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Super funds are on track to record their highest return in 24 years, massively rewarding members who held their nerve during the dark days of the coronavirus sell-off last year.
The median Growth fund (61–80% growth assets) returned 1.1% in May, bringing the return for the first 11 months of the financial year to 15.7%. The winning streak has continued into June, with the cumulative return sitting at 17.5% with just two weeks to go until the end of the year.
Should growth funds finish the year at or around this level, Chant West senior research manager, Mano Mohankumar says the last time we saw a higher annual result was in 1996/97 when growth funds returned 19.4%.
“The cumulative return since the COVID low point at end-March last year is now about 25%, which is amazing given the chaos the world was thrown into by COVID-19. We’re now sitting about 10% above the pre-COVID crisis high that was reached at the end of January 2020,” says Mohankumar.
The main driver of the stellar returns is shares, with Australian shares up another 2.3% in May and international shares up 1% (1.2% unhedged). Both markets reached all-time highs during the month.
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While diversification helped funds limit their losses to 0.6% in 2019/20, an allocation of around 50% to listed shares also helped them capture the stronger-than-expected market recovery.
While there is some nervousness on global markets about rising inflation in the US, where it is currently running at 5%, this has been offset by the pace of the vaccine rollout there as well as in the UK and Europe and strong company earnings in the US.
The vaccine rollout is slower in Australia, but cases remain low, and the economy continues to improve.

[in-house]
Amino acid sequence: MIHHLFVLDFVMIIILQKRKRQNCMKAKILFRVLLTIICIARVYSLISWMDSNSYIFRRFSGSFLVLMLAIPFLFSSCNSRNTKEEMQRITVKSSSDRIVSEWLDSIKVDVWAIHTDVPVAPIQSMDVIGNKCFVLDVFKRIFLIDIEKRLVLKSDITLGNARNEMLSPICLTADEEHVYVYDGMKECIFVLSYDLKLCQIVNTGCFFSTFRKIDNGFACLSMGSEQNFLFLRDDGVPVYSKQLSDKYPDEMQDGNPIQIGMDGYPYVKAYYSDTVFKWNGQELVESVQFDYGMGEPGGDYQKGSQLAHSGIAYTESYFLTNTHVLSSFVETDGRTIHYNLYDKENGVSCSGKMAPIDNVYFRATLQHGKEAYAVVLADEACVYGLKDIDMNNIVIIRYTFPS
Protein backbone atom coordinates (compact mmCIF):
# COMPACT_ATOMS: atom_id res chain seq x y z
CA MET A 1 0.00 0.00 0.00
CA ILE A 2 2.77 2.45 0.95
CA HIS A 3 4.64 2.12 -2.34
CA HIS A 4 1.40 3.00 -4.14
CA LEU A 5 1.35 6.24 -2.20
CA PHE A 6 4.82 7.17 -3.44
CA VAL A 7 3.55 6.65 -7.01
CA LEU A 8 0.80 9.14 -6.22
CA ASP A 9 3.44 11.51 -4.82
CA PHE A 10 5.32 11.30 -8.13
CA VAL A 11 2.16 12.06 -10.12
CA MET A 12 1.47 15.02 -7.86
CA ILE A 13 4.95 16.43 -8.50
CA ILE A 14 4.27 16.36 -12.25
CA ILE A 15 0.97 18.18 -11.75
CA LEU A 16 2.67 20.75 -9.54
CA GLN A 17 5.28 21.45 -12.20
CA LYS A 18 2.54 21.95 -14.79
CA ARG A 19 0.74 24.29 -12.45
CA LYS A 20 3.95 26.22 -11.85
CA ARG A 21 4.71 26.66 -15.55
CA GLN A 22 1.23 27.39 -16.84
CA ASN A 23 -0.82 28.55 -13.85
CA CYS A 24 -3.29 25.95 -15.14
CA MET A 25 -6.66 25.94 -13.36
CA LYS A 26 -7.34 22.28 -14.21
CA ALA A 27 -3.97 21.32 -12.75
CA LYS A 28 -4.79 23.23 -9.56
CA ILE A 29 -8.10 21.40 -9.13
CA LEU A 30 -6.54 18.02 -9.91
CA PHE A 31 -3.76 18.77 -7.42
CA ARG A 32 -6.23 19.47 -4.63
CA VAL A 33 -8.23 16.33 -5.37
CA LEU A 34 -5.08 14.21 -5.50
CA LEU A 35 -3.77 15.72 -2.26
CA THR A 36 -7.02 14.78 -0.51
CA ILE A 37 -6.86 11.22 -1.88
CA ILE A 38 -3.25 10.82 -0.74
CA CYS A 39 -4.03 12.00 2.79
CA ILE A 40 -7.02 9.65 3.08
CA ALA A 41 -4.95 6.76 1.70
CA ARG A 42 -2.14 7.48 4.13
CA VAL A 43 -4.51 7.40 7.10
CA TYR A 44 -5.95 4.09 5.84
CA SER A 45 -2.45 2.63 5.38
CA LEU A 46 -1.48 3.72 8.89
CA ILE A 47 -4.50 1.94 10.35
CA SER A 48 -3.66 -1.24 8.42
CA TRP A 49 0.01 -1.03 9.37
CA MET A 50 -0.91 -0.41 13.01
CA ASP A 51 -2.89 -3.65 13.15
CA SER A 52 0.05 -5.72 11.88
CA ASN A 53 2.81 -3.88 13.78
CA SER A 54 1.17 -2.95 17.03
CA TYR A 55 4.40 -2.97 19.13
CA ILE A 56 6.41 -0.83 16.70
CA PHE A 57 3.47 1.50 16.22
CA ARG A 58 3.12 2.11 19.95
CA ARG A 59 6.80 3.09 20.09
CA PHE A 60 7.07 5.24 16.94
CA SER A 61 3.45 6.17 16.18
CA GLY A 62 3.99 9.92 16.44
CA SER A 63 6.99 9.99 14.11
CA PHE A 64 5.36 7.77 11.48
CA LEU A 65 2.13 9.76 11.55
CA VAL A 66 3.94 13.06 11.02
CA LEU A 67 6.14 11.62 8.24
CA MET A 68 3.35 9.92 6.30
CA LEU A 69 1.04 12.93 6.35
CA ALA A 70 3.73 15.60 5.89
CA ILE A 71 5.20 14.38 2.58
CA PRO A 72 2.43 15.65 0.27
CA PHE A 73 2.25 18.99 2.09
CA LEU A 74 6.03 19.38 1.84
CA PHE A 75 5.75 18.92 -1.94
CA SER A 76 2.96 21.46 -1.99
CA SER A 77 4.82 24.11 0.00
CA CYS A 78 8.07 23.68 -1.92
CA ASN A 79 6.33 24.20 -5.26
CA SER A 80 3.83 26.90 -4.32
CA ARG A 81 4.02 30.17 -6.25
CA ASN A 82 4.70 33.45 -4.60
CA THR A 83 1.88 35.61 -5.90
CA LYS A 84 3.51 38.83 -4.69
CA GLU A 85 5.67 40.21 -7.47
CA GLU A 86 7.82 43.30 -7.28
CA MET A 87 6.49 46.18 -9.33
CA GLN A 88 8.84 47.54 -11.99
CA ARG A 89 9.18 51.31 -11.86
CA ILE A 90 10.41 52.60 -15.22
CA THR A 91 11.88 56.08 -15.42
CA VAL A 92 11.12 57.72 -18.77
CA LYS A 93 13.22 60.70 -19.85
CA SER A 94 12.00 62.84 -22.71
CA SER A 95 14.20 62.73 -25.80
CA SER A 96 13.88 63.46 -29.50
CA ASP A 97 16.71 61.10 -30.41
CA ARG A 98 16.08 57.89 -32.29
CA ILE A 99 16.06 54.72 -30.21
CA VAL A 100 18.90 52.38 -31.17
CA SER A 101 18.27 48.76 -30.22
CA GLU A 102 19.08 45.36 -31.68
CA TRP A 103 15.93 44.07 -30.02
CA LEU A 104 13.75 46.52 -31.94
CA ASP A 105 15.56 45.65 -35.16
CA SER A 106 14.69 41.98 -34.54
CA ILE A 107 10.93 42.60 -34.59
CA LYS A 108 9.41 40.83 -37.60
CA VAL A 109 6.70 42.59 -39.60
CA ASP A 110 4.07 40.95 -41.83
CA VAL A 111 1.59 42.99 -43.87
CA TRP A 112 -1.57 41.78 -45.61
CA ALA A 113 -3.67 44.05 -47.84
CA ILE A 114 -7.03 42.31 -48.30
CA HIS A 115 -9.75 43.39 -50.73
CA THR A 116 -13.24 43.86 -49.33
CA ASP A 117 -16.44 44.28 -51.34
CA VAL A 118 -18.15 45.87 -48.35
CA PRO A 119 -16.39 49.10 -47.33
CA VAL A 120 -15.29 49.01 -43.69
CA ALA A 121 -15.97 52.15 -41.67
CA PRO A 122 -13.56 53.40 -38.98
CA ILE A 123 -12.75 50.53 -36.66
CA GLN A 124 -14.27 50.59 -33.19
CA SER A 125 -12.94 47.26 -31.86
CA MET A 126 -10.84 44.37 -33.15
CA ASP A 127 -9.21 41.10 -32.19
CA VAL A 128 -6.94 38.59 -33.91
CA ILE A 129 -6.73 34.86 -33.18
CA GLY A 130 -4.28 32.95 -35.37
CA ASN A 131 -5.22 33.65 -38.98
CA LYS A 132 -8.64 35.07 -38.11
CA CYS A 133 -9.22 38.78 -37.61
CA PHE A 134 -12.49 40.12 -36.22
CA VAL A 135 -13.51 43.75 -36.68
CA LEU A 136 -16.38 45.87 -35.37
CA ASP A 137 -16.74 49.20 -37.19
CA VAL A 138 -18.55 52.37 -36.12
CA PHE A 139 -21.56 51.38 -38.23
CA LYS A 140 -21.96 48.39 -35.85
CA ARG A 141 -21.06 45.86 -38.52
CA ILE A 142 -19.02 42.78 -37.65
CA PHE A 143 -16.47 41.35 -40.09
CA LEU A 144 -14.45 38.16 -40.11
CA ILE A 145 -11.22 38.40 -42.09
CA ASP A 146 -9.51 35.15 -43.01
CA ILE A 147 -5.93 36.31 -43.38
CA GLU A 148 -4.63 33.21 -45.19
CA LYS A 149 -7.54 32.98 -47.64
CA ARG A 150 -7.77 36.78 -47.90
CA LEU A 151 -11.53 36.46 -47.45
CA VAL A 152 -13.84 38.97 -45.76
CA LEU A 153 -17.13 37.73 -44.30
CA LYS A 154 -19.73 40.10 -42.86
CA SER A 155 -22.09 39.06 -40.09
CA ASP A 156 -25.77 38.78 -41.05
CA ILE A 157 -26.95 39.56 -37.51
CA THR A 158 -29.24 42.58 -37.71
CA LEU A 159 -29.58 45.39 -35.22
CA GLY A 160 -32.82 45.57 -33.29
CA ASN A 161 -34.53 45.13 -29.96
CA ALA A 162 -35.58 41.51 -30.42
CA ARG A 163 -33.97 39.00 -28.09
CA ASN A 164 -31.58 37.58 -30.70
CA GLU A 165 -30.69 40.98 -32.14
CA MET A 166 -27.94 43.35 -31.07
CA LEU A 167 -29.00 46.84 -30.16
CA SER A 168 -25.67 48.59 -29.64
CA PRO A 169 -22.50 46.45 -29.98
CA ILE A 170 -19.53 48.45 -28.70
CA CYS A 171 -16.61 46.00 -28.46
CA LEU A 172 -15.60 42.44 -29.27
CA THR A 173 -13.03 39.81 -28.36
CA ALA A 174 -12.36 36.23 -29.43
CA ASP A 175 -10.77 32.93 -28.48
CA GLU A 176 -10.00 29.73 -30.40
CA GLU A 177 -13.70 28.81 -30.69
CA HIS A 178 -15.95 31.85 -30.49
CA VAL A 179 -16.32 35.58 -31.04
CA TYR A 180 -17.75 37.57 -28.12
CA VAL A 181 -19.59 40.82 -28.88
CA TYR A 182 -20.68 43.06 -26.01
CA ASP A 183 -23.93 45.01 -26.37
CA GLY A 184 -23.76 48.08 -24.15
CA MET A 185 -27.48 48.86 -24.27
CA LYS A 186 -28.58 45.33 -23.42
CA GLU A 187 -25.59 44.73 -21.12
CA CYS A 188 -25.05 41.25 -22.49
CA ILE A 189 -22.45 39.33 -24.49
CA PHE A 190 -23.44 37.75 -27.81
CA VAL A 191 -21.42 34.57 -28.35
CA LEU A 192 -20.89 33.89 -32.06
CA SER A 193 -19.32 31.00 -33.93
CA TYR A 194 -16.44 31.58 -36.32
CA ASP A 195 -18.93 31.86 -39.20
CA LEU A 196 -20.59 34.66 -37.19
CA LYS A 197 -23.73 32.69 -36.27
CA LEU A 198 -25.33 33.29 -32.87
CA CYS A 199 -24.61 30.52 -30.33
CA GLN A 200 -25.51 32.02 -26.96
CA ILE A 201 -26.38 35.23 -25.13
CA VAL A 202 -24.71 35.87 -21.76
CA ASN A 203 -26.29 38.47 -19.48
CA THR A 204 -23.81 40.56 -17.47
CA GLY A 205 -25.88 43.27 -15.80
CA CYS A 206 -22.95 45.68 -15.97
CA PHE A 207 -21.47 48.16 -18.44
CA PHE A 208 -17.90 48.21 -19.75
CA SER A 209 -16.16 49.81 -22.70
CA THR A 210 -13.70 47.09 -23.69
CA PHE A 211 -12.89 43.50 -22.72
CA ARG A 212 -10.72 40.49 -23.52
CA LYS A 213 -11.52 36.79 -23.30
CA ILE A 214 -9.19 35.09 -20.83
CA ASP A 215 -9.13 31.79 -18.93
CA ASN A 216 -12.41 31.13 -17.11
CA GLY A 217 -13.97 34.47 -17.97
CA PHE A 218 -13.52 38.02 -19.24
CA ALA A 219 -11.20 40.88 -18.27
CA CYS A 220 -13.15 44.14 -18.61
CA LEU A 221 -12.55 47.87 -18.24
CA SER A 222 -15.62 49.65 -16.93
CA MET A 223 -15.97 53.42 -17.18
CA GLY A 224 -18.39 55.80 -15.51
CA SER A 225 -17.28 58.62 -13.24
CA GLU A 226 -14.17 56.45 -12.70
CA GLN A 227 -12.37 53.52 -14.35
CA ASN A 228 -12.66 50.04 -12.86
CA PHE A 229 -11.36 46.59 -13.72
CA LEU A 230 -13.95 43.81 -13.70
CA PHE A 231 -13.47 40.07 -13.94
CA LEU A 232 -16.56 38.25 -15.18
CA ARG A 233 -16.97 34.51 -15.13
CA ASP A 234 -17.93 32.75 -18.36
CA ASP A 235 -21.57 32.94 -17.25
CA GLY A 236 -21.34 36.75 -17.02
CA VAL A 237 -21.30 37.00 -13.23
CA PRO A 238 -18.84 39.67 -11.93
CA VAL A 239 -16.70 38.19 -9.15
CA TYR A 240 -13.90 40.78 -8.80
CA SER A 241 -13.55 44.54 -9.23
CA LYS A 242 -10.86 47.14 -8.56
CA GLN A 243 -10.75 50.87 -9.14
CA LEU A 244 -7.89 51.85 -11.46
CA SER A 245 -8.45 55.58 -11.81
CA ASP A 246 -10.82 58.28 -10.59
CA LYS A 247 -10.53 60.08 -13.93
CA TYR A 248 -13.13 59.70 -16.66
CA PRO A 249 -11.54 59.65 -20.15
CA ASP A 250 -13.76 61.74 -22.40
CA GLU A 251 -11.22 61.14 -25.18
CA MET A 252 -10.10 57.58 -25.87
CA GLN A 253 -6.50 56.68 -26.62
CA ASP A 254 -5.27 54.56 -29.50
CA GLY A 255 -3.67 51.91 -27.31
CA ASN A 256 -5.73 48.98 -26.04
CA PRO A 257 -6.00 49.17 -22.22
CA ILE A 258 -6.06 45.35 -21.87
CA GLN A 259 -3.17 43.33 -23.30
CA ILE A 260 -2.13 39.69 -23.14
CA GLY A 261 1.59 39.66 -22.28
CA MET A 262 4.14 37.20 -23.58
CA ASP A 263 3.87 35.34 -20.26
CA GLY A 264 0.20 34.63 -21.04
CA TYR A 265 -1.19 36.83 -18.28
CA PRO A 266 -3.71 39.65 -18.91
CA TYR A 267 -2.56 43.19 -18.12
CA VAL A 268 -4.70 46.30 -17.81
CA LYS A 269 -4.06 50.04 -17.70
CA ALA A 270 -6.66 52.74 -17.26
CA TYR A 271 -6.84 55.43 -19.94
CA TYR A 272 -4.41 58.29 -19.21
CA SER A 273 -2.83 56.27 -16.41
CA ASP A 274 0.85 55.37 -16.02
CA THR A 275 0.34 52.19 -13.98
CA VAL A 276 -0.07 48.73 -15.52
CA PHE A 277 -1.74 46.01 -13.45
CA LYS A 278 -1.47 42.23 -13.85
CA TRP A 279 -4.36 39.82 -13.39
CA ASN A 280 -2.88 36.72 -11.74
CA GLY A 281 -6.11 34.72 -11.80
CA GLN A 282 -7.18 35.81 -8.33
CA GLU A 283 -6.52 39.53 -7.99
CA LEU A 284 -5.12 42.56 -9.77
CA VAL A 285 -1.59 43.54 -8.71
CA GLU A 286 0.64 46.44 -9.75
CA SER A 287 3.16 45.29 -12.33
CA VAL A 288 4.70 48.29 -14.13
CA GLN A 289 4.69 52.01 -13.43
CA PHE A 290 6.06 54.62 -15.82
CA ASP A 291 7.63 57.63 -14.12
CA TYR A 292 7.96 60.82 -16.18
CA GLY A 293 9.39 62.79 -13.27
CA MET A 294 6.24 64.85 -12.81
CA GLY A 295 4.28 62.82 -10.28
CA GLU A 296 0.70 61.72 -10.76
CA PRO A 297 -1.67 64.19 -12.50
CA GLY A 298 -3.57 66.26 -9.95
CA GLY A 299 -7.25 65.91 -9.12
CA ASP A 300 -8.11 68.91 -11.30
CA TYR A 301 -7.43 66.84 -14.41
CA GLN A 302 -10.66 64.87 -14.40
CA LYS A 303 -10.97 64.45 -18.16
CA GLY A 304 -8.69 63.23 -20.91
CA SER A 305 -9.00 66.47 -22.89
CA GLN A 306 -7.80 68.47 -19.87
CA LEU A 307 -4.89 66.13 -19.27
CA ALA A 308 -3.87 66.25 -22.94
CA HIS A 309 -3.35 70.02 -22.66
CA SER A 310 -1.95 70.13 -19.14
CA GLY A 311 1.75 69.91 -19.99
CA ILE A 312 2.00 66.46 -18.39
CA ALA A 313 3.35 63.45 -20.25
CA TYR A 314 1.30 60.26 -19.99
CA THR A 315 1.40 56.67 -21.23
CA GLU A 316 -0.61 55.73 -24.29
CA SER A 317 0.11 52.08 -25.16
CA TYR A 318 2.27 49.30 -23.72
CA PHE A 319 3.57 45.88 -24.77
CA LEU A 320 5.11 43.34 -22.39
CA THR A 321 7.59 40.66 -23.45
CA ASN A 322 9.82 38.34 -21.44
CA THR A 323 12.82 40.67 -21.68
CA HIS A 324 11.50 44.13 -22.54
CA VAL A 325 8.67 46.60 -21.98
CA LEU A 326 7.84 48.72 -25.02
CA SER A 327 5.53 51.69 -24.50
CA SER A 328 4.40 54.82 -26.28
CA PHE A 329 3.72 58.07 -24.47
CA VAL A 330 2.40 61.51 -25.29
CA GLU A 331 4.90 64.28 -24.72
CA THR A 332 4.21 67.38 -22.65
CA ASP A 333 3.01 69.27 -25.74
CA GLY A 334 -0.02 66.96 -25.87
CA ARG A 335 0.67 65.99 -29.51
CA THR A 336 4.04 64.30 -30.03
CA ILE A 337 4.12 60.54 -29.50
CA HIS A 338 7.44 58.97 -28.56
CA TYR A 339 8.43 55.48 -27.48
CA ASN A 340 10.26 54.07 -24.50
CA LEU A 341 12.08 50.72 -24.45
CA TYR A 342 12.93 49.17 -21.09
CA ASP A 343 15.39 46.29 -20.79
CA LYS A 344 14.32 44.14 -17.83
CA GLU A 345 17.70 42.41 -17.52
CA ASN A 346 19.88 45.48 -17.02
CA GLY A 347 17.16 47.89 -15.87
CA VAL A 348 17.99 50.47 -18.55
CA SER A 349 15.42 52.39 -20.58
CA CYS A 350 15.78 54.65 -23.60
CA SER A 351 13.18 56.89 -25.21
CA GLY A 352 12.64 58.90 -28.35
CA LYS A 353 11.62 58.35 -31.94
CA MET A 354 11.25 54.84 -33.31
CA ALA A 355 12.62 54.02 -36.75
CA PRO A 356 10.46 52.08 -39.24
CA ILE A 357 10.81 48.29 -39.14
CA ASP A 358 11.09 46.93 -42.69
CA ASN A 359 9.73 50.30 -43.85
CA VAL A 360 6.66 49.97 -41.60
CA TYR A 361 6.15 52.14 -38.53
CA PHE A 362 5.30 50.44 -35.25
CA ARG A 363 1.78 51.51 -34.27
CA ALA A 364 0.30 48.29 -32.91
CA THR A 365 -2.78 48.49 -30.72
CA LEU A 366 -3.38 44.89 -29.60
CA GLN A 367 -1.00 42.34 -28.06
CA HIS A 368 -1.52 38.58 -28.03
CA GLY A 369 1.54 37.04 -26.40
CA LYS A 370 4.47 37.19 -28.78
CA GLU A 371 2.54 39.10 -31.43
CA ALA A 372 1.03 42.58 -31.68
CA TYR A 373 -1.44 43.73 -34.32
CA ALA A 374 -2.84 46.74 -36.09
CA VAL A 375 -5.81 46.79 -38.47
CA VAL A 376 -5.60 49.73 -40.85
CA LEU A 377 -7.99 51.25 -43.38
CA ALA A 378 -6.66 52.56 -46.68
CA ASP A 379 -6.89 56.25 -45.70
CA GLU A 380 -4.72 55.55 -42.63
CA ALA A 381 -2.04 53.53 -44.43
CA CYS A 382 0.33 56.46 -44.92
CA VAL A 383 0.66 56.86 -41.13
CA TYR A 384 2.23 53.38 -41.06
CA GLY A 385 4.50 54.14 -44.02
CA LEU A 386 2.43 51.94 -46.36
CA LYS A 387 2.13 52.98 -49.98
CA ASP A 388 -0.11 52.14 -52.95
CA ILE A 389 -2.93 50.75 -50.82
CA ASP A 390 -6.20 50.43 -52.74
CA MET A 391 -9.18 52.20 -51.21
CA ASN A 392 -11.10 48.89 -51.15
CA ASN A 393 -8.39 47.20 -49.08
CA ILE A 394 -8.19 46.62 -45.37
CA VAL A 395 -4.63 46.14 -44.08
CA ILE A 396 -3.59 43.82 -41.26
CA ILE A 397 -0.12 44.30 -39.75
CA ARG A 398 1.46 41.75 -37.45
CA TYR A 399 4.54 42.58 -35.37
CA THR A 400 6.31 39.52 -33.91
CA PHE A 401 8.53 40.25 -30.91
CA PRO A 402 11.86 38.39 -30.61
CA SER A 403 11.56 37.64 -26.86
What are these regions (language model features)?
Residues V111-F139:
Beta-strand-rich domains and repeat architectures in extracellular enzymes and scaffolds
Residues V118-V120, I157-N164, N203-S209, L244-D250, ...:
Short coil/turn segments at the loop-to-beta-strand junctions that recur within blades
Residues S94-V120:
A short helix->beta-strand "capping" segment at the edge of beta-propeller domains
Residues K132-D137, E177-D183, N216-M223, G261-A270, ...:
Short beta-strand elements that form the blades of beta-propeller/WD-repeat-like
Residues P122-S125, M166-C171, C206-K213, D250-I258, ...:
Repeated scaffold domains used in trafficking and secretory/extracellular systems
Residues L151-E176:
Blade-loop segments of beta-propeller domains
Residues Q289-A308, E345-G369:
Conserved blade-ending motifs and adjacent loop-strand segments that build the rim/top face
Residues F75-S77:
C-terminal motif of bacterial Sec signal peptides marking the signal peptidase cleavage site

The following table shows the median super performance for five investment risk categories across various timeframes.
Super fund performance (results to 31 May 2021)
Source: Chant West. Performance is shown net of investment fees and tax, before administration fees and adviser commissions.
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As you can see in the table above, all five risk categories are performing strongly with positive returns across all time periods from one month to 15 years. All Growth funds with the highest allocation to shares surged 23.6% in the 11 months to May 31, while even the most conservative option (21–40% growth) was up 6.8%.
The chart below shows the year-by-year performance of the median growth fund since the introduction of compulsory super in 1992. Since then, the median growth fund has returned 8.1% per year. The annual CPI increase (a measure of inflation) over the same period is 2.4%, giving a real return of 5.7% per year. This is well above the typical 3.5% target set by funds.
Even looking at the past 20 years, which includes three major market downturns – the tech wreck, the GFC and now COVID – the median growth fund has returned 6.8% per year, well ahead of the typical return objective.
After last year’s heroic effort, Growth funds have produced positive returns in 16 of the past 20 calendar years. The typical risk objective for Growth funds is no more than one negative year in five, so super is delivering on its long-term objectives.
Source: Chant West